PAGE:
Blackbaud issued notably strong communications that de-emphasized the risk of harm. It rested primarily on the payment of a ransom, assurances by the threat actors that they would delete all data in exchange for payment and its ongoing dark web searches. Most affected institutions (Blackbaud clients) notified anyway.

On my count the OIPC issued seven breach notification decisions about the incident late last year, each time finding a “real risk.” In a decision involving an American college with donors or alumni in Alberta, the OIPC said:

In my view, a reasonable person would consider the likelihood of significant harm resulting from this incident is increased because the personal information was compromised due to a deliberate unauthorized intrusion by a cybercriminal. The Organization reported that the cybercriminal both accessed and stole the personal information at issue. The Organization can only assume that cybercriminal did not or will not misuse, disseminate or otherwise make available publicly the personal information at issue.

This is not surprising, but tells us how the OIPC feels about the assurance gained from paying a ransom to recover stolen data.

See e.g. P2020-ND-201 (File #017205).

BCCA – Open courts principle does not provide for “automatic and immediate” access to court records

On December 9th, the Court of Appeal for British Columbia rejected a media challenge that alleged that the Court’s access policy violates section 2(b) of the Canadian Charter of Rights and Freedoms because it precludes wholly unfettered inspection of court records. The Court held that the Charter guarantees no such right, which would be inconsistent with a court’s responsibility for supervising the handling of its records.

The policy that the applicants challenged requires those seeking access to court records in criminal appeals to fill out of a form. Based on the content of completed forms, the Registrar may refer the request to the Chief Justice, who may seek input from the parties. In practice, if parties who are consulted don’t agree that the Court should provide access, those seeking access must file a formal application for access.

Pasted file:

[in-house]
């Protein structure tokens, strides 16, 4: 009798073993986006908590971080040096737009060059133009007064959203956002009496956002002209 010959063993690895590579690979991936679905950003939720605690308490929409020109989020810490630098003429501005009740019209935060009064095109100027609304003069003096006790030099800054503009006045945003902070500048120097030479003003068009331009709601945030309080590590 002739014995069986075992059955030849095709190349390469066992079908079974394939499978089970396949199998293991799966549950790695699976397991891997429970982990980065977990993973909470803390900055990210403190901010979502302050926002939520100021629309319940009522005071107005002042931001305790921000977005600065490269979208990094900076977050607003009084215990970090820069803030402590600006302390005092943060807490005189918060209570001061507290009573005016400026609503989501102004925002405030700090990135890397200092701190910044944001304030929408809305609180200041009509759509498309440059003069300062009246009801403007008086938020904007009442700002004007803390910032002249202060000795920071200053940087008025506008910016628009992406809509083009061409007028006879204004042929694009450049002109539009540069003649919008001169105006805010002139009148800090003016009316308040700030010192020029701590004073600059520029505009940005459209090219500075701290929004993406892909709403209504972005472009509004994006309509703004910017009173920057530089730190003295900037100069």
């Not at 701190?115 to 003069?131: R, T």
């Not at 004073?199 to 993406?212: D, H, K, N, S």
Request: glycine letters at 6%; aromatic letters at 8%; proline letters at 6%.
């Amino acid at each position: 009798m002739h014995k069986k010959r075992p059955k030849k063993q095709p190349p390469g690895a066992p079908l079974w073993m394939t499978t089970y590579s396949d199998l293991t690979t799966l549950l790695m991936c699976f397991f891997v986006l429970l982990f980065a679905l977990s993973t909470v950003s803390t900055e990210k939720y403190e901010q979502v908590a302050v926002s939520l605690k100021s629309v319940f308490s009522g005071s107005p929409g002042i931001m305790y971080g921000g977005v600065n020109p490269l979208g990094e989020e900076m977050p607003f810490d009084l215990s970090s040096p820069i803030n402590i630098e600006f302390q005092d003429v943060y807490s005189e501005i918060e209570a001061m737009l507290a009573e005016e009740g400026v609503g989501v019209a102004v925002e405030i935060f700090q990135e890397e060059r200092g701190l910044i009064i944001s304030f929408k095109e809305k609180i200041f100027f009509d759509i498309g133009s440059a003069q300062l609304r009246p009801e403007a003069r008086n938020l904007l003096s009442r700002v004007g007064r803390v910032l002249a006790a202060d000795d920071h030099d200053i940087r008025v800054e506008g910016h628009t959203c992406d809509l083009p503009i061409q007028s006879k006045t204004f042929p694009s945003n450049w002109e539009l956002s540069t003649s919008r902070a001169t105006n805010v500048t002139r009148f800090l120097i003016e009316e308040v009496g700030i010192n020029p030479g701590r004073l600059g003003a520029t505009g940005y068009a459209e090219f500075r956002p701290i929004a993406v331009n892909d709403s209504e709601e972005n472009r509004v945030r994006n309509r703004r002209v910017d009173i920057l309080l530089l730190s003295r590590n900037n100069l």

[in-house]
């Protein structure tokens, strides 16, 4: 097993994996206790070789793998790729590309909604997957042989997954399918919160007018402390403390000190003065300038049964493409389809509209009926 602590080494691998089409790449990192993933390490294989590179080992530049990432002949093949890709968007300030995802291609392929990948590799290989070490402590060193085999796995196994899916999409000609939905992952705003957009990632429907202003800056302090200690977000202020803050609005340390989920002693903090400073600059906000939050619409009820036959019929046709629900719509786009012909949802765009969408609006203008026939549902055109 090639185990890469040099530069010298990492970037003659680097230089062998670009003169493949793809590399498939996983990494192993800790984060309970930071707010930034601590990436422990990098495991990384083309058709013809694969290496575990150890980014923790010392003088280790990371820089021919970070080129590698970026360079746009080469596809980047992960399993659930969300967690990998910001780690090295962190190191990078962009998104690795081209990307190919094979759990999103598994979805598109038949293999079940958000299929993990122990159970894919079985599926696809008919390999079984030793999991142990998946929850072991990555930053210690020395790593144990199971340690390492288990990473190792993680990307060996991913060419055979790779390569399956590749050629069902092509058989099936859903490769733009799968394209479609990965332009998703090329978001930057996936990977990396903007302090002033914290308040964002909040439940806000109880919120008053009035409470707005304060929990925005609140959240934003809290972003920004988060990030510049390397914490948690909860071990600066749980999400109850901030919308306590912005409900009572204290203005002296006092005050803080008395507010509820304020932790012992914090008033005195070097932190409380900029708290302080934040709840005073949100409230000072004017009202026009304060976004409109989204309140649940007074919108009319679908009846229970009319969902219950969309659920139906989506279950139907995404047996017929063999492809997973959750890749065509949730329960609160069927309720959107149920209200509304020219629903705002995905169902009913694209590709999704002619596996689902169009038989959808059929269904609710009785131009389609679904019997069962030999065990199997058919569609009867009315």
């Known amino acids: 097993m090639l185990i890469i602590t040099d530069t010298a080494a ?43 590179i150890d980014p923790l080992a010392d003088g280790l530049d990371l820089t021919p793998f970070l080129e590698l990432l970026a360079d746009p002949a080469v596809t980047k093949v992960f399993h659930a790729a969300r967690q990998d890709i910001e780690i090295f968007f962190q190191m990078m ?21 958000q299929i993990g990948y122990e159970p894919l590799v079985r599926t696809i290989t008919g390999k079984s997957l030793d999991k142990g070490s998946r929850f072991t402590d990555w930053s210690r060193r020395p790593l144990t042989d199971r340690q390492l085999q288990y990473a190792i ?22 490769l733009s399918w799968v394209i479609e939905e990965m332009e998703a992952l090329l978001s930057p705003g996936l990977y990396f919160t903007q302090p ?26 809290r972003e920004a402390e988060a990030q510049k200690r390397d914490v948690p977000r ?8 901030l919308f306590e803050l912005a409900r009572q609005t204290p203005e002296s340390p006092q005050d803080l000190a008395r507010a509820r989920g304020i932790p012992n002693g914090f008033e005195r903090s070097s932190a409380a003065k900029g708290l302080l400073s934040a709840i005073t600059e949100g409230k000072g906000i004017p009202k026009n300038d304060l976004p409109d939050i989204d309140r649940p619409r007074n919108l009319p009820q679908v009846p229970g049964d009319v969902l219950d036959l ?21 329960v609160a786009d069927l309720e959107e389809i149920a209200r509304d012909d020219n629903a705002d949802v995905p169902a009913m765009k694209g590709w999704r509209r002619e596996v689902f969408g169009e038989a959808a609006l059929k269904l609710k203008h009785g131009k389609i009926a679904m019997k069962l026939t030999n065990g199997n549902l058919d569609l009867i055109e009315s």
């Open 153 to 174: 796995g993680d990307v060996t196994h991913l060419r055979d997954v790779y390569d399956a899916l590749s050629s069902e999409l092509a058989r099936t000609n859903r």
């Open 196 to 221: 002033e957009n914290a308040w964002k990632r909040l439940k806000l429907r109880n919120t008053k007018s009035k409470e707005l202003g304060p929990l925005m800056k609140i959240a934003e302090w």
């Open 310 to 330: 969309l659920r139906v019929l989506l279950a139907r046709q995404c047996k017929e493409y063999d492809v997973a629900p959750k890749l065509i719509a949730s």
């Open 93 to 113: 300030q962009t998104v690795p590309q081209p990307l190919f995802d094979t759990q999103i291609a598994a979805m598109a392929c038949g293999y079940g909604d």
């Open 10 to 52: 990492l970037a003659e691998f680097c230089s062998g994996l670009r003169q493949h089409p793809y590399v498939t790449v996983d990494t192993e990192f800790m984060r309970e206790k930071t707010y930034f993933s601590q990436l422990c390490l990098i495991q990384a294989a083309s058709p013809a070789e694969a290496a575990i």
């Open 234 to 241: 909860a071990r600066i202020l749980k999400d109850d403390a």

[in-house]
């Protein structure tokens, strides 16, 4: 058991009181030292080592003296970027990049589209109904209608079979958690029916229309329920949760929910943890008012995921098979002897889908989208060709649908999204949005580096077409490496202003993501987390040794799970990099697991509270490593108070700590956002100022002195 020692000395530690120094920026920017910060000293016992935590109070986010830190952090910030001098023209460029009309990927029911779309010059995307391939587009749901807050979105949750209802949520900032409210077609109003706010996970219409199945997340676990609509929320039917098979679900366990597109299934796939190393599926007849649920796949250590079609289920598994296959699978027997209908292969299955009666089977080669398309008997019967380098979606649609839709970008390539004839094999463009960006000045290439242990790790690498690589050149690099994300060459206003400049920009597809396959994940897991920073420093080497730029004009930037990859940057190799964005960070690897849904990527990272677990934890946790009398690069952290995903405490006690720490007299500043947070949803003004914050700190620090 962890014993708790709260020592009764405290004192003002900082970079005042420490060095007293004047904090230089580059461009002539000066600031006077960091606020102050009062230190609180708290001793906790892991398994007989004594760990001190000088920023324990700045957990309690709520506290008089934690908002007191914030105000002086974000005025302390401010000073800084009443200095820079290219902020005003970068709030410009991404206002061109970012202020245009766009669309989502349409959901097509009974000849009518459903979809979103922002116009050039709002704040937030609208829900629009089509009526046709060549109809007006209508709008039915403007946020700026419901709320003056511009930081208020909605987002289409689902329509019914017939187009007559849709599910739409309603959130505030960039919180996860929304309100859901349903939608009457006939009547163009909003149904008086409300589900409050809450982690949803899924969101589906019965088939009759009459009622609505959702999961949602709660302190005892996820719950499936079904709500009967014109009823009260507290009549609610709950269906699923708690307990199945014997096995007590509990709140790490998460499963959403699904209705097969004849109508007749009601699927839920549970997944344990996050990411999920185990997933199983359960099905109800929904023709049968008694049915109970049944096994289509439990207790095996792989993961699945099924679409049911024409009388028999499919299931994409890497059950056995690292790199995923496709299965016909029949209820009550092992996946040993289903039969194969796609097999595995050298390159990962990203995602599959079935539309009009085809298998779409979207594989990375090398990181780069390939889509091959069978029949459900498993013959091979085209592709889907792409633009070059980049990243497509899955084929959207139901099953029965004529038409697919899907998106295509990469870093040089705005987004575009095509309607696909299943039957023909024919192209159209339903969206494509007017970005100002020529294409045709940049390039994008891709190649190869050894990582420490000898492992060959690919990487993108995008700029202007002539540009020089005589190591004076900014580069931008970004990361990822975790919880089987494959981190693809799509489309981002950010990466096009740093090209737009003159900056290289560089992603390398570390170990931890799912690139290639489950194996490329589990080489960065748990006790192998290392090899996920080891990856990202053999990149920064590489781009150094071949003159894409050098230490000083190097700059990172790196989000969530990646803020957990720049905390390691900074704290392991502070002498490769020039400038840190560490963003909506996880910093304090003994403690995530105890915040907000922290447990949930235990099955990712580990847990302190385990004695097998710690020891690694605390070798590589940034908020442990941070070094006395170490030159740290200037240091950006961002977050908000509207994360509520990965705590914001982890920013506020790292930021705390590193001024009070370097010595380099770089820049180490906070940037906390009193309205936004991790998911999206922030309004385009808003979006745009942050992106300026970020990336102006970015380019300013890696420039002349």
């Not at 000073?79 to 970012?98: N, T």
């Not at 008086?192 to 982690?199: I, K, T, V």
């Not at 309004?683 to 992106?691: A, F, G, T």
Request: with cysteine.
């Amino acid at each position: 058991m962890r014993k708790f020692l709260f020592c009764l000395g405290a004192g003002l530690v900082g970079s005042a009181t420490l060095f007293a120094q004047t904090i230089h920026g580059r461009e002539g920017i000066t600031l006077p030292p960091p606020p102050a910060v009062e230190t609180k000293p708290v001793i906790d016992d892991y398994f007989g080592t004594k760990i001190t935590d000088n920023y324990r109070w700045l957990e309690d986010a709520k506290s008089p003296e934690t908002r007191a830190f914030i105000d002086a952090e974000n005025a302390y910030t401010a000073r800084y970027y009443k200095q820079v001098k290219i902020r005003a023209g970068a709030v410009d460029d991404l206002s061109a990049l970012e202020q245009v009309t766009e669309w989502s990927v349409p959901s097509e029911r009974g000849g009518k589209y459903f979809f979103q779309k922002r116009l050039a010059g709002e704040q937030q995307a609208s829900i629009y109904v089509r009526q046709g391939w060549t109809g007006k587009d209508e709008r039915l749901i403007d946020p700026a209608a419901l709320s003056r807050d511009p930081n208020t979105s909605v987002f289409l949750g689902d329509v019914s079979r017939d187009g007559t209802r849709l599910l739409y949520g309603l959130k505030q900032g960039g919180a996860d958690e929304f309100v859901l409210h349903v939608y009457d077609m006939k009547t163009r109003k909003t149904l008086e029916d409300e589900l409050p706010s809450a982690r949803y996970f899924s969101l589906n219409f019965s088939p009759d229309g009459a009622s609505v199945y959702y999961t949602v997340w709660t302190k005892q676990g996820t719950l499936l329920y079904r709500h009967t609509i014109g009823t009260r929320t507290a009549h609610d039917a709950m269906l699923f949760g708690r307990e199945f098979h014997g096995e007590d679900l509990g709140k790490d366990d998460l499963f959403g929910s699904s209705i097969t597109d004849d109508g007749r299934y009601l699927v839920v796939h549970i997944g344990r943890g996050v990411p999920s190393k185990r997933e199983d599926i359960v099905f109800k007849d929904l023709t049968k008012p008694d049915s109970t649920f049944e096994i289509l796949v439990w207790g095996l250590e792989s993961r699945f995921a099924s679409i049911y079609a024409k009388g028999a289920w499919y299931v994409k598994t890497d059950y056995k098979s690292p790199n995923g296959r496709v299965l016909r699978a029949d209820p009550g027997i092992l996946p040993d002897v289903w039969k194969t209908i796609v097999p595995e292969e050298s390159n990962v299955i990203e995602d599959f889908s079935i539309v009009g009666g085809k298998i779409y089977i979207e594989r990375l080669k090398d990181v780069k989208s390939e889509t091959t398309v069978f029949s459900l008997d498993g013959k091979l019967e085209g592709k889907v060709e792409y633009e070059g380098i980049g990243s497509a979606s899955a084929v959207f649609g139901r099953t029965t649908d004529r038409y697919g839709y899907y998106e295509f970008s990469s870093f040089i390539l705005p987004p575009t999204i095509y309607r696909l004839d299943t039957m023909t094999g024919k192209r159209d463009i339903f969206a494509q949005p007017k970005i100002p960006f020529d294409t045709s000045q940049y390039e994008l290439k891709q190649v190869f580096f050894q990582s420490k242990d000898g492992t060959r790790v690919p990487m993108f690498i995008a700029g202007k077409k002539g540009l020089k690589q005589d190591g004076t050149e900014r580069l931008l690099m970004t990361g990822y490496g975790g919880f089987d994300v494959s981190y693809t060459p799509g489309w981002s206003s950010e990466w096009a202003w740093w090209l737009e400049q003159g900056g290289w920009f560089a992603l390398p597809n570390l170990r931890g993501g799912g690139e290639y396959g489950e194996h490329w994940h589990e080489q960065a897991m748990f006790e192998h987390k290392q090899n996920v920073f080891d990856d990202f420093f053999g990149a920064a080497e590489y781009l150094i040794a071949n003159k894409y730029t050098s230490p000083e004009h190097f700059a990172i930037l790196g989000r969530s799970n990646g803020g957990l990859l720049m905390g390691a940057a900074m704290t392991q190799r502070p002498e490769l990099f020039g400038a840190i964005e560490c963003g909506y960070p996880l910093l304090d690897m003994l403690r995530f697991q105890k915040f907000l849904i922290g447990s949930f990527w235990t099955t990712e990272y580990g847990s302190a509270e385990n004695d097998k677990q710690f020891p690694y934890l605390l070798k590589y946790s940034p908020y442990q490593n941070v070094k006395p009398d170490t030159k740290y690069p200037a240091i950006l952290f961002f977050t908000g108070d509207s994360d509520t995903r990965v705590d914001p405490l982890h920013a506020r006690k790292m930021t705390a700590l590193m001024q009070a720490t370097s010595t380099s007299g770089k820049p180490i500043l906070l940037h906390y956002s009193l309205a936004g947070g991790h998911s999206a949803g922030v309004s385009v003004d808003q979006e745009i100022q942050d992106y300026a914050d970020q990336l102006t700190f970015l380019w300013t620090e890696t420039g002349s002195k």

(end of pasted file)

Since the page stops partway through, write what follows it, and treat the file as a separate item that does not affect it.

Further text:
The media brought its application after the Court denied administrative access to records (filed in an application for bail pending appeal) that involved the investigation of a police officer for sexual misconduct. The media argued that the policy reverses the burden of justification provided for by Dagenais/Mentuck.

Chief Justice Bauman disagreed, stating:

Unfettered public access to court records is not the promise of the open court principle. That access is subject to supervision by the court, in recognition of the need to protect social values of superordinate importance. Judges have the discretion to order restrictions on access, exercised within the boundaries set by the principles of the Charter:

There is also nothing unlawful, Chief Justice Bauman held, in requiring requesters to confront a matter of administration (which was not associated with any proven material delay) in order to relieve the parties to a proceeding from preemptively seeking a sealing order.